This Week on the Farm 6/30
We hope that you have been enjoying your first boxes of produce. We get a lot of questions early in the season from new members about all of the greens that are in the first couple of boxes. It can seem overwhelming when you have a box full of greens and you don’t know how to cook with them. It can seem even more overwhelming when it is the third week of kale in your box and up until this point you have never cooked with kale. For those of you who are new to CSA, keep trying new recipes. Even if you didn’t like the kale salad recipe from last week, you may like the kale chip recipe on this weeks newsletter. And no, we don’t put kale in every box. We were planning on putting collards in your box this week, but they were hit by the flooding last week and are suffering from lack of oxygen in the soil. We are waiting to see if they are able to bounce back, but even if they don’t, we have a second planting that will be going in the ground in the next week or two.
This week you have beet greens in your box. This is one of our favorite items to put in the boxes early in the season because it allows us to give you produce when there are not a lot of items ready to be harvested yet, while at the same time giving us the opportunity to thin our plantings of beets. Beets have compound seeds, so when they are seeded early in the spring there are usually 4 to 6 seeds that are set down in one location. If we let the beets stay the way they are planted, they will compete with all of the other beets for nutrients, thus forming small beets. They will also be oddly shaped due to growing right up against each other. By thinning the beets out to one plant every couple of inches it gives each plant enough space to form a nice sized beet. So, by eating your beet greens now, you are not only getting yummy food, but you are also helping ensure tasty beets later in the season.
We have reached the turning point in the season where the cool season crops are almost at an end, but the warm season crops are just not quite ready to start producing. This will probably be the last week of lettuce for awhile as the heat of the summer kicks in. We have a few more plantings that are ready to go in, but we are waiting to harvest the last of the lettuce in the high tunnel. Once those are harvested this week, we can till under any of the remaining plants that have started to bolt and transplant this round of plants in the high tunnel. Once we are done transplanting we are going to take the plastic off and put up shade cloth instead. This should help the plants get through the hot days of summer and give us lettuce in August.
This will also be the last week of radishes until late this fall (a welcome relief to some of our members). If you dislike radishes, try roasting them in the oven with a little olive oil and sea salt. It takes away the bitter taste that many people do not like. You can also try boiling them in sugar water, that does the same thing.
In the next couple of weeks the summer squash will start to take off and we are looking forward to the first cipollini onions of the season. I am really excited at how well the watermelons look. We have three different varieties we are growing this season. Our standard watermelon, Sugar Baby, has been one we have grown since the beginning. We are also trying the Yellow Moon & Stars variety that we trialled last year. It is a large watermelon and only goes in our full boxes (it won’t even fit in our half box totes). It is a yellow fleshed watermelon and is very tasty. The third variety is new this year. It is called Klondike Blue Ribbon. It is another large watermelon. My mouth is seriously watering just thinking about later this summer when they are ready!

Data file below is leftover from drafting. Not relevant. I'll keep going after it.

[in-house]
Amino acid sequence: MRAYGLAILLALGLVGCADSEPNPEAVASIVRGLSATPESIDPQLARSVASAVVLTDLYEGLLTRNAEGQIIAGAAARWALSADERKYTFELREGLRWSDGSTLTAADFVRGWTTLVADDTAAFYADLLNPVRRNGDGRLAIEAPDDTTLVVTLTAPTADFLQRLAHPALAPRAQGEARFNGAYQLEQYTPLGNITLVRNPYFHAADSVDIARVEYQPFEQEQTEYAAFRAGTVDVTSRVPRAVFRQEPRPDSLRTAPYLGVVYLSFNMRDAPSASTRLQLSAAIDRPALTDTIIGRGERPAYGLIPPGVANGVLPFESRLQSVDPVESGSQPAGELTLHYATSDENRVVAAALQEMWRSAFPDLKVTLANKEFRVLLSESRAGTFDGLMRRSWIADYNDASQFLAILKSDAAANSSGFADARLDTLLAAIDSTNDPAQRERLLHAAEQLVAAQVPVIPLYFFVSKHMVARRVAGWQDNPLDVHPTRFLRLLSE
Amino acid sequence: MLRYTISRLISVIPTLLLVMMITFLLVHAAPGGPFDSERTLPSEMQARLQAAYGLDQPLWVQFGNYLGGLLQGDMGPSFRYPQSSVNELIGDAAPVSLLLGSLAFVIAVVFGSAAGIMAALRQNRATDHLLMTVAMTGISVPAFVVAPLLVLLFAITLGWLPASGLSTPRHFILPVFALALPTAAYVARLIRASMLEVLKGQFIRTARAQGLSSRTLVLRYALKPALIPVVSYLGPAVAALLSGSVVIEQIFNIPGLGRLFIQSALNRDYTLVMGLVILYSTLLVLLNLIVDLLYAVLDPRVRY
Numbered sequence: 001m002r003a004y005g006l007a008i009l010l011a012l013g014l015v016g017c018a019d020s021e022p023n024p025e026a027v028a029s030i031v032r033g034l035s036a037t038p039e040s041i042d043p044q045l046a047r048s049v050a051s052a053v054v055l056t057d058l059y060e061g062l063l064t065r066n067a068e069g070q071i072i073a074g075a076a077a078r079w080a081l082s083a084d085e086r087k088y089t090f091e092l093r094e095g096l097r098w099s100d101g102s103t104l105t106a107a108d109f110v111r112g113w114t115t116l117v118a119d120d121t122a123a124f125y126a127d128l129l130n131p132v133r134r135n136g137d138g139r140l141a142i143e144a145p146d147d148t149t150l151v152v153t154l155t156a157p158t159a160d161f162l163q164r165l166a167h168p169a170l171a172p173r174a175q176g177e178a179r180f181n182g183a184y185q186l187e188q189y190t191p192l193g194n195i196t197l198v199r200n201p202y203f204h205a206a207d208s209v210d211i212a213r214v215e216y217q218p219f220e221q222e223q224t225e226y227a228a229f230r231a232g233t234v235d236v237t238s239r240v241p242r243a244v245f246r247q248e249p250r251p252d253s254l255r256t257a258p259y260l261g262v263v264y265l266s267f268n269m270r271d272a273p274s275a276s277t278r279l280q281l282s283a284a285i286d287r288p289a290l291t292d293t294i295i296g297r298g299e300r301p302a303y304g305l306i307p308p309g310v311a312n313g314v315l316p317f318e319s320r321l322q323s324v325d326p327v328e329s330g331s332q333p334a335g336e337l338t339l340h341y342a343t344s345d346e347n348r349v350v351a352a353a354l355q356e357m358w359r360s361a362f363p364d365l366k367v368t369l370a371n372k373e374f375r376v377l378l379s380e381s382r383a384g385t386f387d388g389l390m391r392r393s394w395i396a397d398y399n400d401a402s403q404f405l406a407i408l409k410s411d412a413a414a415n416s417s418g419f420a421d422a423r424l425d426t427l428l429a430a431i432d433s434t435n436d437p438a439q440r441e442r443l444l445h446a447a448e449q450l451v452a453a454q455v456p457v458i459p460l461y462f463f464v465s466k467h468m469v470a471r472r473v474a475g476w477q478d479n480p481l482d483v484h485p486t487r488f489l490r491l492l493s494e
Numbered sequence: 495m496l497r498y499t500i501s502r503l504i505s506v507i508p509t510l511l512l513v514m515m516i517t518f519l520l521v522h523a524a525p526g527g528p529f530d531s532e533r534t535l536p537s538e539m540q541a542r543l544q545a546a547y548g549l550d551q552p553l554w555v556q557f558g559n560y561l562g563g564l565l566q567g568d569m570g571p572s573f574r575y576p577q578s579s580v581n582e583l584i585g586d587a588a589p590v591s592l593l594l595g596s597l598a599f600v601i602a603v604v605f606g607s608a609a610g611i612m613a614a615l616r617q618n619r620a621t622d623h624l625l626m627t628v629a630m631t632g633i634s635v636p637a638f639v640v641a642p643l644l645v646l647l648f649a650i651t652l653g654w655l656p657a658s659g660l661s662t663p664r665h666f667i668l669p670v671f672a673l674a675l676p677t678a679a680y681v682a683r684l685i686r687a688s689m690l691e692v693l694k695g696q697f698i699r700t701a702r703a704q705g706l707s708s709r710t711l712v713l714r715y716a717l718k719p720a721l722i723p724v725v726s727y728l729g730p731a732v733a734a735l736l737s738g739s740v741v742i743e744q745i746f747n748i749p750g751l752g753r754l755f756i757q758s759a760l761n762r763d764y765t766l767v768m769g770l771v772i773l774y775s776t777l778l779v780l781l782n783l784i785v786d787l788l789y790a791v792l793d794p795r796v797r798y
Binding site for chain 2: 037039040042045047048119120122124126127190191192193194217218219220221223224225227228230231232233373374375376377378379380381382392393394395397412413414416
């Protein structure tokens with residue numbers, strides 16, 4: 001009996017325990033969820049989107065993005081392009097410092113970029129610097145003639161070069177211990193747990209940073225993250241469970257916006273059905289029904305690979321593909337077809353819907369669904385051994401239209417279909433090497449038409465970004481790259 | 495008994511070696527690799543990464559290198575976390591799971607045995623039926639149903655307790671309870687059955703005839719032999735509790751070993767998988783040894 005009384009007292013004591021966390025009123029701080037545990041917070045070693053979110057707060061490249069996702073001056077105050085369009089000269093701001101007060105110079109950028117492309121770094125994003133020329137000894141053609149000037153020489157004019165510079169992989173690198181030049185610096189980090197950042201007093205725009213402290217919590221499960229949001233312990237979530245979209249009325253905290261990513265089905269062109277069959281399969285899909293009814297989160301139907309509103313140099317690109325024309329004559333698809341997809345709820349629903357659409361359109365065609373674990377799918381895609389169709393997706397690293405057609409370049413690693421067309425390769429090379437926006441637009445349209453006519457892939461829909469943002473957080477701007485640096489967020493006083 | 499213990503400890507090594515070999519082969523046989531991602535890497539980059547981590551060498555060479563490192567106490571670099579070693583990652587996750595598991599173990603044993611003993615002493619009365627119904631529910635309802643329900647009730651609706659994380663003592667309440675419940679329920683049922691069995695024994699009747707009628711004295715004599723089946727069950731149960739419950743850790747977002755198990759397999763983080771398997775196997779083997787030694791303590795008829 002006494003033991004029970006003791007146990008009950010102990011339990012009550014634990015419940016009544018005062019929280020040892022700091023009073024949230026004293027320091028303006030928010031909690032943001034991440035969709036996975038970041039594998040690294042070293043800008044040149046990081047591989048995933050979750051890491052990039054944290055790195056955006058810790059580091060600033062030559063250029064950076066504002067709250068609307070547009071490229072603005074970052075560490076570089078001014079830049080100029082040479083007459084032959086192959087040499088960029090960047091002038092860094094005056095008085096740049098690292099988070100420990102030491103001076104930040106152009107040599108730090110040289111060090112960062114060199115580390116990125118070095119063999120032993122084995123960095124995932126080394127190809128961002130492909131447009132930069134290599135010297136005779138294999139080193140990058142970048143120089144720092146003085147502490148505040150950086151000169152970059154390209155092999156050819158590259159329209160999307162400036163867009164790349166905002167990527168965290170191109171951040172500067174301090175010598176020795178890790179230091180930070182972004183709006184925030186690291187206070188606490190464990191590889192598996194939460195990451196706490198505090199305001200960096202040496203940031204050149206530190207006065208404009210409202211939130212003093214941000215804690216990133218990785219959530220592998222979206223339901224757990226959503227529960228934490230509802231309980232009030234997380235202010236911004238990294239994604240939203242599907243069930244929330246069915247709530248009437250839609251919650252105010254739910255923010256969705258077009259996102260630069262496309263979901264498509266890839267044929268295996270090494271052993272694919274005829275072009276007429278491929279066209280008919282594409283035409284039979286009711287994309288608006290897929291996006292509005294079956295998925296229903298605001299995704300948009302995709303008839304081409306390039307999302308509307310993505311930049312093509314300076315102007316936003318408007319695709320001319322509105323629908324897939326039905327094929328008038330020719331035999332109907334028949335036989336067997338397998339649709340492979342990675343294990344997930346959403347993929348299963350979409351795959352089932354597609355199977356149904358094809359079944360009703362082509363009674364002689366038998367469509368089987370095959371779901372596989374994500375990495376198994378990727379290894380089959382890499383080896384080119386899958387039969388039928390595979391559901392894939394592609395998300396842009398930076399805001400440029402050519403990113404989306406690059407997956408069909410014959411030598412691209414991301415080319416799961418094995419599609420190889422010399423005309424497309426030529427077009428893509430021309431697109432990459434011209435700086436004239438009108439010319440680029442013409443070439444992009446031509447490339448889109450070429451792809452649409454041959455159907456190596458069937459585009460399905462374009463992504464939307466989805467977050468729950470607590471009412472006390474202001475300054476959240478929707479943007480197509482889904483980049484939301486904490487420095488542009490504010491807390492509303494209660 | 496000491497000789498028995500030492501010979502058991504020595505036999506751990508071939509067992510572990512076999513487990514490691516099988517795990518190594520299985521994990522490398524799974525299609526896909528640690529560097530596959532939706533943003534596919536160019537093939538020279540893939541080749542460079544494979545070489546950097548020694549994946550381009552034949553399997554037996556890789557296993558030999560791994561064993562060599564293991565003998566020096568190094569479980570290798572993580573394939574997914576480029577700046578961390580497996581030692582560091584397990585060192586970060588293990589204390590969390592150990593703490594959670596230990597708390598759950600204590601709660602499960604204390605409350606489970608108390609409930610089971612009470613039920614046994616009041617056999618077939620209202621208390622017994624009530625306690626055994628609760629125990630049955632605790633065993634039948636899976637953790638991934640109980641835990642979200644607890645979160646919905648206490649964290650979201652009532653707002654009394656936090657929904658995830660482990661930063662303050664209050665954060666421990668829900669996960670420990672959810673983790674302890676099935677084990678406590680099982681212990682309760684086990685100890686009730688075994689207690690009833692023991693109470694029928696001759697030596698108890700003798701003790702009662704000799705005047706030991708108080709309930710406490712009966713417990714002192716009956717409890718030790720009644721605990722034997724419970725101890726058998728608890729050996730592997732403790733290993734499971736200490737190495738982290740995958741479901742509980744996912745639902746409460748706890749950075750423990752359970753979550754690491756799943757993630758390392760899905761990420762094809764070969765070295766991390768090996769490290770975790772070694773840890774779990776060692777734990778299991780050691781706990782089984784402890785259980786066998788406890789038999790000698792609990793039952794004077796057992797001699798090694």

It looks like we have survived the cutworms for this season. We haven’t lost any more plants in the areas where we were hit hard by the cutworms and the cutworms have reached the point in their lifecycle where they will not be causing damage. We have, however, been hit by a ridiculous number of Colorado Potato Beetles in our potatoes this season. Between the flooding and the insect pressure we are not planning on having a very good potato crop this year. The flooding has prevented us from being able to get in the fields to use any of our control methods (vacuuming, hand picking, and a new method of using a broom to knock the larvae into a pan of dish soap). This is the second year that we have had issues with our potato crop and we are actively planning a new strategy for next season. Crop loss is definitely one of the risks we face by not using any chemicals on our farm, but it is one we accept gladly because we know how important it is to our members that we do not spray their food. This does mean that we may need to change the activity for our second volunteer event in August. But never fear, there are always interesting jobs to do here on the farm!
This morning while we were out weeding the basil and parsley we found a lot of swallow tail caterpillars on the parsley. We didn’t know if they were a pest or not, so we brought a couple inside to identify them. I took a picture to show our members since I thought it was very pretty. Every season we see more and more different types of insects on our farm (most of them do not cause problems). The longer we farm without using chemicals, the more biological diversity we see here on the farm. For example, in the last five seasons we have seen the number of earthworms increase dramatically. When we first starting farming we saw maybe a dozen the entire season. Just this morning while we were weeding we saw triple that number. It just goes to show what a difference not spraying chemicals has on the environment.